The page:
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The Mishnah of Marqos: A Commentary

By Hakham Dr. Yosef ben Haggi

“Thus, rejecting the Oral Torah of Yisrael as expressed by our Jewish Sages who whether they acknowledge him or not has strictly supervised them, amounts to rebellion against the angels (Rabbis) of G-d, rebellion against the Mashiach (in whom G-d’s Name is in Him), and what is more important rebellion against Ha-Shem Himself and His G-dly rule. This Mishnaic treatise of Marqos alerts us in these two introductory verses in no uncertain terms against such despicable behaviour, and the more coming from anyone who advertises to be a follower of the Mashiach, be he a Jew or a Gentile.”

 

Beit HaShoavah emerged from the Mayim Hayim Learning Center. Under the Leadership of Adon Gabriel ben Abraham. The Esnoga is an Orthodox Nazarean Esnoga and I am in great debt and gratitude  to Hakham Dr. Yosef ben Haggai for allowing me to become a Hakham Tamid and to teach me the ways of our Chazal.

The Torah quotes Balaam as saying, הֶן־עָם לְבָדָד יִשְׁכֹּן וּבַגּוֹיִם לֹא יִתְחַשָּׁב׃   ” It (Israel) is a nation that dwells in solitude and is not to be reckoned among the nations. ” Israel is a nation alone that does not intermingle with other nations.

Why is it necessary that we be a nation alone and why have we, throughout our history, always been the outsider and the foreigner?

 The role of Klal  Israel

The Jewish perspective regarding other nations/ religions is unique. We do not believe that other nations who do not follow our religion have no purpose in the general scheme of creation. Most of the religions believe that those who do not share their beliefs are denied salvation and may be considered infidels whose lives have little or no value, souls that are doomed or, at best, souls that can never achieve eternity.  We do not share this attitude.  We believe that all of mankind, Jews and non-Jews, were created b’tzelem Elokim- in the image of God- and deserve respect. We are forbidden to steal from non-Jews, to cheat him, or to mislead him in any way, even if our action cause him no loss or harm. Chazal teach us that non-Jews could have a share in the Olam Haba if they adhere to the 7 Noahide laws.  However, we also believe that Klal Yisrael  is the Am HaNivchar-the Chosen People- and, as such, we must understand the unique role of Klal Yisrael.

We were chosen to have a special relationship with Hashem and to serve him in a very  specific  and unique manner. However, this does not preclude the significance of non-Jews. There is an interrelationship between Jews and non-Jews. The purpose of Klal Yisrael is not merely self-centered on his own avodat Hashem, either as individuals or as a nation. We have a responsibility to other nations as well. The Navi says:  in Isaiah 49 verse 6, וּנְתַתִּיךָ לְאוֹר גּוֹיִם לִהְיוֹת יְשׁוּעָתִי עַד־קְצֵה הָאָרֶץ׃ – “I will make you a light for the nations, so that my salvation may extend to the ends of the earth.”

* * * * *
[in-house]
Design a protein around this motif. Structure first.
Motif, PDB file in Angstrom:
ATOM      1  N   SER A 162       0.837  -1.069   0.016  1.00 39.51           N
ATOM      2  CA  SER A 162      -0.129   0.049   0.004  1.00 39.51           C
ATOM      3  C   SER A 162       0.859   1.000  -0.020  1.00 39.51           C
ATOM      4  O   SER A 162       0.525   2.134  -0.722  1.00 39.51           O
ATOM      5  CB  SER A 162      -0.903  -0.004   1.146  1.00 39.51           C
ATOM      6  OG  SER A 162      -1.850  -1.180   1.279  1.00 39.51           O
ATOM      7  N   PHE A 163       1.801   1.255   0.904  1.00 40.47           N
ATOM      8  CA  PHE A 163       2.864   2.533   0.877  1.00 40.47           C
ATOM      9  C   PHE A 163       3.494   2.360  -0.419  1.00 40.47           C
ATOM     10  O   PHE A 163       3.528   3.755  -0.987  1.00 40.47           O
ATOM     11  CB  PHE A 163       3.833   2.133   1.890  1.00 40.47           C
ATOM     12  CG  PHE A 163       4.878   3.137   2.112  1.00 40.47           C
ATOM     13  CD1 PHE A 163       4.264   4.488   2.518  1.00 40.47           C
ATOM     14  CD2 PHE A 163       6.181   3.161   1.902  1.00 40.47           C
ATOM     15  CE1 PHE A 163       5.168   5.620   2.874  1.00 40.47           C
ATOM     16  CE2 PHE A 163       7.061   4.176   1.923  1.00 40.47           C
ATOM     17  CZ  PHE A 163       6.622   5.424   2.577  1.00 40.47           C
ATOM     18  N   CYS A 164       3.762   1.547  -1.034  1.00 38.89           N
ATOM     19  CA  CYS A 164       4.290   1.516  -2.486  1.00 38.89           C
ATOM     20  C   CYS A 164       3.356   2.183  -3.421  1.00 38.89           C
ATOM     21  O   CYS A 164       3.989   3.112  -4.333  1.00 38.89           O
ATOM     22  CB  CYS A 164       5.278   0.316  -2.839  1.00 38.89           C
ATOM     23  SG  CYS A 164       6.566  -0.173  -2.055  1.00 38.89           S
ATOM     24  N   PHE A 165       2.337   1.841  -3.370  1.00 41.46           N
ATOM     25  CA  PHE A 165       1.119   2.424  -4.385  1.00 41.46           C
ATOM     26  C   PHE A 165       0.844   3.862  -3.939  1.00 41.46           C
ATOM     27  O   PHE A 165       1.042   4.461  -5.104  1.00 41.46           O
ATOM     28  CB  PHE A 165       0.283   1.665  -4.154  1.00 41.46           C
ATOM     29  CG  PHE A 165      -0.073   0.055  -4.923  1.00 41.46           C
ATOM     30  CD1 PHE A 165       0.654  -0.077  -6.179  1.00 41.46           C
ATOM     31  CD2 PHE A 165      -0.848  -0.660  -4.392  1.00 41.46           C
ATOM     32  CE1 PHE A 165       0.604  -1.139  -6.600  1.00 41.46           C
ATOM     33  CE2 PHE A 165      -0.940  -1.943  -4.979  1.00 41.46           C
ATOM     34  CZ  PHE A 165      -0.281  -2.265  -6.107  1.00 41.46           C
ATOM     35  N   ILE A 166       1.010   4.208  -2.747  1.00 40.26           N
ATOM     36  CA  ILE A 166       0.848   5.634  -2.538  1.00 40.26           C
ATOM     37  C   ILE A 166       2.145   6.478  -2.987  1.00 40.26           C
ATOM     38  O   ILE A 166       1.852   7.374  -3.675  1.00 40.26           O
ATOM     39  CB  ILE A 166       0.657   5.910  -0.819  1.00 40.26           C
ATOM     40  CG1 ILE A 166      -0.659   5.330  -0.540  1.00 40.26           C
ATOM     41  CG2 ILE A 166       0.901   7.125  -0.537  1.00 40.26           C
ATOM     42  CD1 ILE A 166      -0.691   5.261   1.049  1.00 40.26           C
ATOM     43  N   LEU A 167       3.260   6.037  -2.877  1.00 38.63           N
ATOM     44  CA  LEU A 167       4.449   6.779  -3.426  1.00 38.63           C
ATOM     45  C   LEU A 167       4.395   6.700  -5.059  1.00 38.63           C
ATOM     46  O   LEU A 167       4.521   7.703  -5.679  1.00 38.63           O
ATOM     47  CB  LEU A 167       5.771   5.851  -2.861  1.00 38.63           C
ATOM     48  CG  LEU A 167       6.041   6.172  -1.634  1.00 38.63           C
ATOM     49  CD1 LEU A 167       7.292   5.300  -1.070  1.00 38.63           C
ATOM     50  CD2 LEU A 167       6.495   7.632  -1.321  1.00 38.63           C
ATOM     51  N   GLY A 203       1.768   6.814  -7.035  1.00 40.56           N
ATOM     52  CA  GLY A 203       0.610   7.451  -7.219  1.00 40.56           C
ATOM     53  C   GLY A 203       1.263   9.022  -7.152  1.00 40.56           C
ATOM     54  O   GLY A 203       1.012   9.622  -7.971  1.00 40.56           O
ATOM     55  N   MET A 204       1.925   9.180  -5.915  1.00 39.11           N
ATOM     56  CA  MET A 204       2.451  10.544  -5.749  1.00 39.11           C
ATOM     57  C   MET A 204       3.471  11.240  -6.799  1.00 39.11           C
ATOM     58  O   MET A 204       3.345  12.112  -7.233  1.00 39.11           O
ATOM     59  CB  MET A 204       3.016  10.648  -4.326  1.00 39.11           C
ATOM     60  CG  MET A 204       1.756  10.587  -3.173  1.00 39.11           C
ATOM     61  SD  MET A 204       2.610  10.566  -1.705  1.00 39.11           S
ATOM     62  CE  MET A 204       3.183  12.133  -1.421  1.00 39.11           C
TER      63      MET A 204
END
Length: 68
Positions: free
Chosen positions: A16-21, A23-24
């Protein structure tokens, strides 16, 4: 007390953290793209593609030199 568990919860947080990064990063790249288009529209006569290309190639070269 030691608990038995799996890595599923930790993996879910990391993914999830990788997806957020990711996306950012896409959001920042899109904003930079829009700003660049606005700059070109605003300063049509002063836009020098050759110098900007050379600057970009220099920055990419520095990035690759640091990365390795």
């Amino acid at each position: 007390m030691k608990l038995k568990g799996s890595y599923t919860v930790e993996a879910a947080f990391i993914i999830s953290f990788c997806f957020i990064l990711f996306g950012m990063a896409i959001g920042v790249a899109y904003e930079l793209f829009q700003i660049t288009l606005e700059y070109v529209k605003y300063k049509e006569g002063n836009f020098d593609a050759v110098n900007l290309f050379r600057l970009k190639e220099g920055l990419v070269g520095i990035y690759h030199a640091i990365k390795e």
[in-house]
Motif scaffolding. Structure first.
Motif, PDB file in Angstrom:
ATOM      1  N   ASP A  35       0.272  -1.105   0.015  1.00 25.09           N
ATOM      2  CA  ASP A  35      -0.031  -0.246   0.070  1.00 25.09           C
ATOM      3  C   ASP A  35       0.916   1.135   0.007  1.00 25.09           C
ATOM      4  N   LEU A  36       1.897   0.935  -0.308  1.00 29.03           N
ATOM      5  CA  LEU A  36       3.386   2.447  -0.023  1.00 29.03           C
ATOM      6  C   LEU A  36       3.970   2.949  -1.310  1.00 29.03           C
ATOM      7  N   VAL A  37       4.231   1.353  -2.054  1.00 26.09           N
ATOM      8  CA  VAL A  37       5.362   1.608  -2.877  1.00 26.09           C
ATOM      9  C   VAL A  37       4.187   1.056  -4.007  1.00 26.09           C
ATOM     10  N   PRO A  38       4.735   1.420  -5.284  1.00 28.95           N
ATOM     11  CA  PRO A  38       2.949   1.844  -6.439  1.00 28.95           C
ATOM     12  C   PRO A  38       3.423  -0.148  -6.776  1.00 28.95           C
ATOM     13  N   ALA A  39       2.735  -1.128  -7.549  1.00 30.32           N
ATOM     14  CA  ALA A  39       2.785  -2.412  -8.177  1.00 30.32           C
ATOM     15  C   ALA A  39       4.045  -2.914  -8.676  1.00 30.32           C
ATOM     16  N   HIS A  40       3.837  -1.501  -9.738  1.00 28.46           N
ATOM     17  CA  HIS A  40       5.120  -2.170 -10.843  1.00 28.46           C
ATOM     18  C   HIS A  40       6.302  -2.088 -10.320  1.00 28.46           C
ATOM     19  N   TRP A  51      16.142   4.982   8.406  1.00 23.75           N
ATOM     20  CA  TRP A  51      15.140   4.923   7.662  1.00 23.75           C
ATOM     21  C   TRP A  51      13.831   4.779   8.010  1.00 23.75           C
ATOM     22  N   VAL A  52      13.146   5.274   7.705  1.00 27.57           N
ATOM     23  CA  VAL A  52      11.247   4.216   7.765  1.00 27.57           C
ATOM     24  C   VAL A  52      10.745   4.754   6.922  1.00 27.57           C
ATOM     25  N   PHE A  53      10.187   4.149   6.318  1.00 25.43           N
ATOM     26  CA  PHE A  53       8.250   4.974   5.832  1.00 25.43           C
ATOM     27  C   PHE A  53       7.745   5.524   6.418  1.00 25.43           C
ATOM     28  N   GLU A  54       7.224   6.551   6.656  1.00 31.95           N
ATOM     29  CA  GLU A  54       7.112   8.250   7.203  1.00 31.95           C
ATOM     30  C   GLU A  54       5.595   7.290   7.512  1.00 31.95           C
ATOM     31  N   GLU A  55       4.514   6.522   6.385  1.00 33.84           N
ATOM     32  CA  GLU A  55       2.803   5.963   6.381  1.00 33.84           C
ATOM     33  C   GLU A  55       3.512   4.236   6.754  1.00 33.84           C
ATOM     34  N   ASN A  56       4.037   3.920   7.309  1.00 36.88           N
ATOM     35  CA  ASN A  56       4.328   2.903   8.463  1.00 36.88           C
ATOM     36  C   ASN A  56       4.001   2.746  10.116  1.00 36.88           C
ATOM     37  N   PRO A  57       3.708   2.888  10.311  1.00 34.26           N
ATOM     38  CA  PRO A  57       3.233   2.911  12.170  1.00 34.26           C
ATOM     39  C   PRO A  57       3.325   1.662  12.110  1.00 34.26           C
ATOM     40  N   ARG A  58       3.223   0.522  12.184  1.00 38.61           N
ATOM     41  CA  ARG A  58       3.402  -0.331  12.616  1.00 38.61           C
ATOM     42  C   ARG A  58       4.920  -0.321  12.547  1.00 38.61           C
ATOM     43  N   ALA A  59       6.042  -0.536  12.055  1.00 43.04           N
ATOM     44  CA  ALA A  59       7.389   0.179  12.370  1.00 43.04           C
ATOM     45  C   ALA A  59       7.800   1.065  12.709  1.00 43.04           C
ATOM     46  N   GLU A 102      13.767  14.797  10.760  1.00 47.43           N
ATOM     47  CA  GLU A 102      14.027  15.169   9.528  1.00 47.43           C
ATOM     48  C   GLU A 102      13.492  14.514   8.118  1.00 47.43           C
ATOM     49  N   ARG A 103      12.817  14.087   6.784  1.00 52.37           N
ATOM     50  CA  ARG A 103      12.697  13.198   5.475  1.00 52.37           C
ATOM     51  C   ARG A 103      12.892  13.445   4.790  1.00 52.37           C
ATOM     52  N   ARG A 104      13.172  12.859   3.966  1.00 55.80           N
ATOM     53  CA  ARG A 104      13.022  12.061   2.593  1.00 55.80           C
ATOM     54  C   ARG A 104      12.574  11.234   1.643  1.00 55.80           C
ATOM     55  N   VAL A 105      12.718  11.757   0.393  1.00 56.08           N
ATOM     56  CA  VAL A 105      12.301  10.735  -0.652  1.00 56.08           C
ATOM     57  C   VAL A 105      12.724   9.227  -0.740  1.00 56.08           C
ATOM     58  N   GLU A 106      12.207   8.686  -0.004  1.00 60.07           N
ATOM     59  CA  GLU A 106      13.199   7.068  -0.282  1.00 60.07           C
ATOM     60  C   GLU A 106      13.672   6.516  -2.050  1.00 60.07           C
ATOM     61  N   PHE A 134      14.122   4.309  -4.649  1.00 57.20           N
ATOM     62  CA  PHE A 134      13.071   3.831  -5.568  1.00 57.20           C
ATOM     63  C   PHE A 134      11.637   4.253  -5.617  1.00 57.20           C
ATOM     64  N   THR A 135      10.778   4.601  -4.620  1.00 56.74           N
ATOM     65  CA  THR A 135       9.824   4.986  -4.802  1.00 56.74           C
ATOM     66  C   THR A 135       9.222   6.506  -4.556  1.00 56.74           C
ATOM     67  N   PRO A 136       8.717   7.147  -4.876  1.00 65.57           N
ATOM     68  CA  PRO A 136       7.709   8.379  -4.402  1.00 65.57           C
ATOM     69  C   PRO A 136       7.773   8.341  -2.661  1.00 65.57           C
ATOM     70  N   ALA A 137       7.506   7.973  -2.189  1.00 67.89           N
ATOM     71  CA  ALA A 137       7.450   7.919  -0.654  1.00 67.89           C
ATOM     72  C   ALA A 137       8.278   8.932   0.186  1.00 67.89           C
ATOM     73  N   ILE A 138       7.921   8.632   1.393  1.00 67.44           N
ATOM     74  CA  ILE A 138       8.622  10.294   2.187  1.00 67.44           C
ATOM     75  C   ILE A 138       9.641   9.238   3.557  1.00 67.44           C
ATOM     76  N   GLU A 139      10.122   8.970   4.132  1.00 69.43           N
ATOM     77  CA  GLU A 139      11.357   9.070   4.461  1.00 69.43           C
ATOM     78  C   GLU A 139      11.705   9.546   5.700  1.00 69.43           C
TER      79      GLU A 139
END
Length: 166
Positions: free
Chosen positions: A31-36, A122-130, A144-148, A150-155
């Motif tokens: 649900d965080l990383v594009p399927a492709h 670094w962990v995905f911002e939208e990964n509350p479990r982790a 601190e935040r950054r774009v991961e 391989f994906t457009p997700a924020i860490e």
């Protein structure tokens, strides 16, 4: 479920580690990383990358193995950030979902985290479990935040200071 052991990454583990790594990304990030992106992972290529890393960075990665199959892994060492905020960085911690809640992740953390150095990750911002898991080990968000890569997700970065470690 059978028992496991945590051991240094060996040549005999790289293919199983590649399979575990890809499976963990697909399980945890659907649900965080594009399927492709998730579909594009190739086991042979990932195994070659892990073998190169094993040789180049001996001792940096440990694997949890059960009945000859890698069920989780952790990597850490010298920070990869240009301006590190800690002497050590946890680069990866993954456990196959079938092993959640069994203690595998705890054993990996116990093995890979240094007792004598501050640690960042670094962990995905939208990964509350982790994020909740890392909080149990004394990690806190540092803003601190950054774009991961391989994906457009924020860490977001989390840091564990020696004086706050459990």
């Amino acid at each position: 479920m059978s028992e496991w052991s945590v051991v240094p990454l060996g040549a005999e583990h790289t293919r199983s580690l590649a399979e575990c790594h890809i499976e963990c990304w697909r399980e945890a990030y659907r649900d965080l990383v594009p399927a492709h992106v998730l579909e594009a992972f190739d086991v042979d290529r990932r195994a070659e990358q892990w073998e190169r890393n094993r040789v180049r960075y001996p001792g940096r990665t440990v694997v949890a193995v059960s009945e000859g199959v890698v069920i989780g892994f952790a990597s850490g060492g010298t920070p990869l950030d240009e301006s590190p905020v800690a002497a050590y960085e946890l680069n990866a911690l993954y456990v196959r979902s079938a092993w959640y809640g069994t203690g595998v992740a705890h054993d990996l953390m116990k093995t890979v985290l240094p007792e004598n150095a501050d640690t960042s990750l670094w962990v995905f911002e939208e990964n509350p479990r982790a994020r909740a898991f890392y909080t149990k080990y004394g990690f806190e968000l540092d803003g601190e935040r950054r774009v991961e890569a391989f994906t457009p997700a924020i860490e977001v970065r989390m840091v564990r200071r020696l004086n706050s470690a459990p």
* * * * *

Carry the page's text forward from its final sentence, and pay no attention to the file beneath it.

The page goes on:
This is the meaning of the verse “וְאַתֶּם תִּהְיוּ־לִי מַמְלֶכֶת כֹּהֲנִים וְגוֹי קָדוֹשׁ ” – “You will be for me a kingdom of priests and a holy nation.” The relationship between Jews and other nations is comparable to the relationship between the Kohanim (Priests) and other Jews. Kohanim Were given task that are different from those of other Jews and Kohanim were sanctified because their role in the service of Hashem is unique.

This website is dedicated to that role.  To work in harmony Jew and non-Jew together to make this world in the image of Hashem.

 

Each morning of Sukkot, the priests went to the pool of Siloah (Silwan) near Jerusalem to fill a golden flask. Shofar blasts greeted their arrival at the Temple’s Water Gate. They then ascended and poured the water so that it flowed over the altar simultaneously with wine from another bowl. When the priest was about to pour the water, the people shouted “Raise your hand!” because of an incident that occurred in a previous year: The high priest Alexander Jannaeus (103‑76 B.C.E.) showed contempt for the rite by spilling the water at his feet, a transgression for which worshippers threw their citrons at him.

The pelted priest had demonstrated his alliance with the Sadducees, who literally followed Torah and only what was specifically in Torah. (Explained as an oral instruction given to Moses at Sinai, this water rite was not mentioned in The Five Books.) The deliriously happy celebration connected with the water drawing developed when the Pharisees (who believed in the Oral Tradition and interpretation of Torah and gave us the rabbinic Judaism we know today) triumphed over them in the first century.

Based on Isaiah’s promise “With joy shall you draw water out of the wells of salvation” (12:3), rejoicing began at the end of the first day and took place every night except Shabbat. Talmud recorded that “one who had never witnessed the Rejoicing at the Place of the Water Drawing had never seen true joy in his life.” (Although the celebration was for the libation that would be made the next morning it was named for the preparation for the ritual‑-the water drawing-‑which the rabbis said showed that getting ready was sometimes of greater merit than the mitzvah itself because of its positive effect on the person doing it.)

The Talmud describes the festivities in detail, from the lighting of immense candelabrum set in the Temple courtyard (each holding gallons of oil and fit with wicks made from priests’ worn‑out vestments), which generated such intense light that they illuminated every courtyard in the city. A Levite orchestra of flutes, trumpets, harps, and cymbals accompanied torchlight processions, and men who had earned the capacity for real spiritual joy through their purity, character, and scholarship danced ecstatically to the hand‑clapping, foot-stomping, and hymn‑singing crowds.

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House of The Water Pouring